The entire debate between broadcasters and techies is, in reality, a false choice. Everyone knows that an airwave allocation established in 1952 is obsolete. There is no need to allow huge “white spaces” to remain between TV channels. But given this fact, does it make sense to preserve a system of allocation that keeps broadcasters and wireless devices forever mixed together in the airwaves? Wouldn’t it make more sense to undertake a bolder reconfiguration by dividing the airwaves up into large swaths of 42 Megahertz a piece (seven such slices would be available by squeezing broadcasters out of their zones), and either auctioning or designating those segments for public wireless use?

Yesterday, in Ars Technica, my friend and colleague Tom Hazlett lays out the digital television transition to yesterday. And he argues that the FCC’s push to santify the “white spaces” is about to make things worse. For another view on the subject, see Ars’ Matthew Lasar.

Blog Posts Reference by this Post:

Continue Reading

Expert Opinion

Gerard Lederer and McKenzie Schnell: FCC Continues to Undercut Local Authority on OTARD

Broadband Breakfast Staff

Published

on

The authors of this Expert Opinion are Gerard Lederer and McKenzie Schnell

Blog Entries

WASHINGTON, November 4 – I’ve been following the “white spaces” for as long as it has been happening – four, maybe five years – and I must admit that I am surprised by FCC Chairman Kevin Martin’s sudden fondness for them.

Until the last days of his chairmanship, Martin never cared for this somewhat radical notion: allowing techies and community activists to spew electromagnetic frequencies in zones currently occupied (at least ostensibly) by the broadcasters.

In fact, at Martin’s first press conference in the spring of 2006, more than a year after he assumed his position in March 2005, I couldn’t even get Martin or his top aide to comment about the subject on the record. I’ll have to wait for the open meeting later today to get some sense of his motivation for doing so now, as he prepares to depart the commission.

Meanwhile, the white spaces debate has been changed somewhat by the reality of the digital television transition, which is set to occur on February 17, 2009. As companies involved in the National Association of Broadcasters (NAB) get cleared out a large section of radio-frequencies, the next big question remaining is: can they be forced, or enticed, entirely out of the airwaves. With more than 88 percent of individuals receiving television from cable or satellite systems, this isn’t just idle speculation.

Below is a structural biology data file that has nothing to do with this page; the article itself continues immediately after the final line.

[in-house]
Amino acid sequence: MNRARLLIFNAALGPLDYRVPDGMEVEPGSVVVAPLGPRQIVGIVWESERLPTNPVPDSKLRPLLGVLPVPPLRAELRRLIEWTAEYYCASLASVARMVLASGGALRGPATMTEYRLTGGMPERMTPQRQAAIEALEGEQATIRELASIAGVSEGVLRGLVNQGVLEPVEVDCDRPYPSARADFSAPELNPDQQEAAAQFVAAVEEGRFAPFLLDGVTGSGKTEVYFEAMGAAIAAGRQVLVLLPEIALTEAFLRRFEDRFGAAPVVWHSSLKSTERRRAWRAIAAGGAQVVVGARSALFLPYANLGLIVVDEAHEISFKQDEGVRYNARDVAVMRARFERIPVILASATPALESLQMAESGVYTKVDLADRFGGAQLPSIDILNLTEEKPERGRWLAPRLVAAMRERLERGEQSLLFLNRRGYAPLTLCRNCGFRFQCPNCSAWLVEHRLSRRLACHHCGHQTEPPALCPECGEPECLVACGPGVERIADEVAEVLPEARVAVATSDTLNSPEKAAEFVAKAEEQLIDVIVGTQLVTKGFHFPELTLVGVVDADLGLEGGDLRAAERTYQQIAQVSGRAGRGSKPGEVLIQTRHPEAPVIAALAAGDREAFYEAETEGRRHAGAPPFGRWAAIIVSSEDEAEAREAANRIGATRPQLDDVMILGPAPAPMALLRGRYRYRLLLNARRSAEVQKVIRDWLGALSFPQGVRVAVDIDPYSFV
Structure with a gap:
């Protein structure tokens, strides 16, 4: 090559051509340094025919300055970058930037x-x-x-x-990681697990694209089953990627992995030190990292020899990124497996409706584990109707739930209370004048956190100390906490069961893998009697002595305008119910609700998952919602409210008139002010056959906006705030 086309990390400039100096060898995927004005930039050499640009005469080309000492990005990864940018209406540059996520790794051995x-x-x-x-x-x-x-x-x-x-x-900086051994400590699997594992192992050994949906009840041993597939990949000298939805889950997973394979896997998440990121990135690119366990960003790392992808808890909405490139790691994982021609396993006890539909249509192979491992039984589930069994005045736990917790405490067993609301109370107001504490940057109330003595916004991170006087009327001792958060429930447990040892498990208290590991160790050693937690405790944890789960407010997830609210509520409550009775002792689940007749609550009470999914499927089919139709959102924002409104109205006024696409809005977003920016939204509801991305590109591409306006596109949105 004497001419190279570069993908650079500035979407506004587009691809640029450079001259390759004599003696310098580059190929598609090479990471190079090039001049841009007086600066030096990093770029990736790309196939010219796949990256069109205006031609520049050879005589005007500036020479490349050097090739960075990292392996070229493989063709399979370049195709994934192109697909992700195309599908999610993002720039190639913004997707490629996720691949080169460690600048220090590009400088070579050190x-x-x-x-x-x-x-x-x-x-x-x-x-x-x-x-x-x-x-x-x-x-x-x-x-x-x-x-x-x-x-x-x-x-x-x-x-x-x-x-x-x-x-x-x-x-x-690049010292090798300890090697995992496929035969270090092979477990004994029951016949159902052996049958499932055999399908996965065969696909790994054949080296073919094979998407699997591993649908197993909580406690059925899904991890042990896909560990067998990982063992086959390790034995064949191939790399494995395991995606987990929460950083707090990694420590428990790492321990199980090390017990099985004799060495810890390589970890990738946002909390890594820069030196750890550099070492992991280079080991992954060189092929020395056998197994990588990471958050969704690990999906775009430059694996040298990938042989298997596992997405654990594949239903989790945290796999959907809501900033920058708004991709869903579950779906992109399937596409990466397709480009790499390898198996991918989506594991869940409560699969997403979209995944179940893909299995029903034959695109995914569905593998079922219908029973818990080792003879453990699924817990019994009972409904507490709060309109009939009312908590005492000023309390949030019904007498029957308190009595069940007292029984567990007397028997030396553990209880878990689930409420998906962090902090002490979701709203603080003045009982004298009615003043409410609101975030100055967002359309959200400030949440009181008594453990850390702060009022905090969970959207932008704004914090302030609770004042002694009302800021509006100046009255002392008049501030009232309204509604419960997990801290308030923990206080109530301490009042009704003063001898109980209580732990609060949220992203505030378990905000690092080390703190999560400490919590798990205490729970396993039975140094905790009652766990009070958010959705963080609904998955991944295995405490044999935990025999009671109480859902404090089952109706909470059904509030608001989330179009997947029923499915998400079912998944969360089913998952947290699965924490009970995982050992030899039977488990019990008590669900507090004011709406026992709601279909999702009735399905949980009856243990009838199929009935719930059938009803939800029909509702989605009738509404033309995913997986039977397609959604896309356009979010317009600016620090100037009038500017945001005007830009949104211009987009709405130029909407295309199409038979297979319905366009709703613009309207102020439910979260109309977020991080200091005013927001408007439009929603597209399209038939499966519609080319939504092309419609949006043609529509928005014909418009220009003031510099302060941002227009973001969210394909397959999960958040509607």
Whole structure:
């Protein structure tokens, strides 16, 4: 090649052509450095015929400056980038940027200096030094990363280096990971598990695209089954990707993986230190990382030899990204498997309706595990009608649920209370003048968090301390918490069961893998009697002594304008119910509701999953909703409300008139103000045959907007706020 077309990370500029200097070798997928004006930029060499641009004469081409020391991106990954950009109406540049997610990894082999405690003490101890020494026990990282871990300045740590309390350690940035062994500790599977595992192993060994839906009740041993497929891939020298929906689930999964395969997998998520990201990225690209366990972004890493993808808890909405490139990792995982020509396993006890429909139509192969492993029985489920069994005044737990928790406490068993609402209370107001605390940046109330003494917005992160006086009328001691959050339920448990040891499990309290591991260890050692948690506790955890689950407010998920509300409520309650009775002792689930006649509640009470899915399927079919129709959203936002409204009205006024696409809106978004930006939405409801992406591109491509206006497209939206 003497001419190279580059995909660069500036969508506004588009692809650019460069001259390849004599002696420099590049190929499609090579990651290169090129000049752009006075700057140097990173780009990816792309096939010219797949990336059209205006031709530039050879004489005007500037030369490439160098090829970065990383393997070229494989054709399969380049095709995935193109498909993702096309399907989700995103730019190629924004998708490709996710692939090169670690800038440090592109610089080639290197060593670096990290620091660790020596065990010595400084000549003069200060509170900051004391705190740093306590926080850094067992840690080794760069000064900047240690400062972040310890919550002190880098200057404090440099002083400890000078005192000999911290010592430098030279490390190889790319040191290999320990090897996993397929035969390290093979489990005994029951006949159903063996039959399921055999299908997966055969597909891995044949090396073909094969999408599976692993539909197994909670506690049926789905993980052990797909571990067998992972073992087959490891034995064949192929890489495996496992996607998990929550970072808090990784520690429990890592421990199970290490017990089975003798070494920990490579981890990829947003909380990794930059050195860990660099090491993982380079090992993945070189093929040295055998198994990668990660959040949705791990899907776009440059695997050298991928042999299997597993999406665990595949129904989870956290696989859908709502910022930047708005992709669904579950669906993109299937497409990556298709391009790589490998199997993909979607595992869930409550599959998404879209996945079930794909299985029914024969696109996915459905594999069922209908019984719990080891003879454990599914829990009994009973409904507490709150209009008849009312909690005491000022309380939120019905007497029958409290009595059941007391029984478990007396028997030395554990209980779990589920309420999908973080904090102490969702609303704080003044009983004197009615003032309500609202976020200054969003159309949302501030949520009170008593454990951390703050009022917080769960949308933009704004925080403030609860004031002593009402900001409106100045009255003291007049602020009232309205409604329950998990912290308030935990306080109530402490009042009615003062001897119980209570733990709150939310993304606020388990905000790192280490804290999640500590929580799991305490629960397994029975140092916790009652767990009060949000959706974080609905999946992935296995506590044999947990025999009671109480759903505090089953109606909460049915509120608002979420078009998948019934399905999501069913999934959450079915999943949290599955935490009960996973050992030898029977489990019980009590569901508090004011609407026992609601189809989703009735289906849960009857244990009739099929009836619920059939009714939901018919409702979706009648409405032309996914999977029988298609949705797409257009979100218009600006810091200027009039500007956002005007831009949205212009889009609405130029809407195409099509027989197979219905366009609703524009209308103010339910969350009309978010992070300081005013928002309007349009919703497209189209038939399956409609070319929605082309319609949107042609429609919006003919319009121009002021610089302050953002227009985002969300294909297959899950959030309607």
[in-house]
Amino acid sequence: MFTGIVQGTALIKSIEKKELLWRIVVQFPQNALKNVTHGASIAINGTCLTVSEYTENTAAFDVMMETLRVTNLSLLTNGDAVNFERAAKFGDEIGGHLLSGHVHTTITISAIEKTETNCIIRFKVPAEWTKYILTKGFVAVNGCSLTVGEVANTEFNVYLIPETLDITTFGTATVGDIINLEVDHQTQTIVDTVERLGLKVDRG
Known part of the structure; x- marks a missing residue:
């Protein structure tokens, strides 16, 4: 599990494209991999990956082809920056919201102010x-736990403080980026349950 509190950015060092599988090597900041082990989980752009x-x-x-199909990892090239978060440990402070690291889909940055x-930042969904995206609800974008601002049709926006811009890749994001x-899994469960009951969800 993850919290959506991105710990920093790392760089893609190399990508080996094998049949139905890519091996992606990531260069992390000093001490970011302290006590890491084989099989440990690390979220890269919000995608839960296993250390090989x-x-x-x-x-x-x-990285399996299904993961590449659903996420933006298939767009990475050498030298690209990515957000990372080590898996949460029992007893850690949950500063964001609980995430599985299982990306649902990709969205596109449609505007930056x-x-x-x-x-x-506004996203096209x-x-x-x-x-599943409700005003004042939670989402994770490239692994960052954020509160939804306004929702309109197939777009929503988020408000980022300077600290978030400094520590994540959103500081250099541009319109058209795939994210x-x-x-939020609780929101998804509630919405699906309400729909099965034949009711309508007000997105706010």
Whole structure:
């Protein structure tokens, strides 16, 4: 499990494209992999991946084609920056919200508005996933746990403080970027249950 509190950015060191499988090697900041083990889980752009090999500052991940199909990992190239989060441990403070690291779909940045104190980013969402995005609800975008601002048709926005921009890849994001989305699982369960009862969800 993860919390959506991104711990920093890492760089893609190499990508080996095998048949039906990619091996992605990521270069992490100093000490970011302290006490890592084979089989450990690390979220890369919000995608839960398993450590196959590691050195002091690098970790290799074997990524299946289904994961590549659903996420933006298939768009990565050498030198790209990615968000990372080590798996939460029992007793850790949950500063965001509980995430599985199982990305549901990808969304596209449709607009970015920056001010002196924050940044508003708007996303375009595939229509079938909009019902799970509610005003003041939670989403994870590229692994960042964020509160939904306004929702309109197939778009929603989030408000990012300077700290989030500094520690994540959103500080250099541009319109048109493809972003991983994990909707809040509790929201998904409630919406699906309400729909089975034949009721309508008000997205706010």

In July 2007, I posed this question:

Are white spaces a good idea? In pure Washington fashion, the answer depends on how you see the NAB’s future strength. White spaces makes the most sense if you still believe that broadcasters treat the airwaves the way Texans treat the Alamo. But for those who believe that the NAB is amenable to reason, and economic incentives, here’s the next puzzle: what will it take to entice broadcasters to sell, give up or vacate the remaining airwaves? There are plenty of telcos, techies, and community activists that believe they can do better with them. All they need now is a game plan to help the broadcasters out of their paper bag.

The entire debate between broadcasters and techies is, in reality, a false choice. Everyone knows that an airwave allocation established in 1952 is obsolete. There is no need to allow huge “white spaces” to remain between TV channels. But given this fact, does it make sense to preserve a system of allocation that keeps broadcasters and wireless devices forever mixed together in the airwaves? Wouldn’t it make more sense to undertake a bolder reconfiguration by dividing the airwaves up into large swaths of 42 Megahertz a piece (seven such slices would be available by squeezing broadcasters out of their zones), and either auctioning or designating those segments for public wireless use?

Yesterday, in Ars Technica, my friend and colleague Tom Hazlett lays out the digital television transition to yesterday. And he argues that the FCC’s push to santify the “white spaces” is about to make things worse. For another view on the subject, see Ars’ Matthew Lasar.

Blog Posts Reference by this Post:

Continue Reading

Recent

Signup for Broadband Breakfast

Get twice-weekly Breakfast Media news alerts.
* = required field

Trending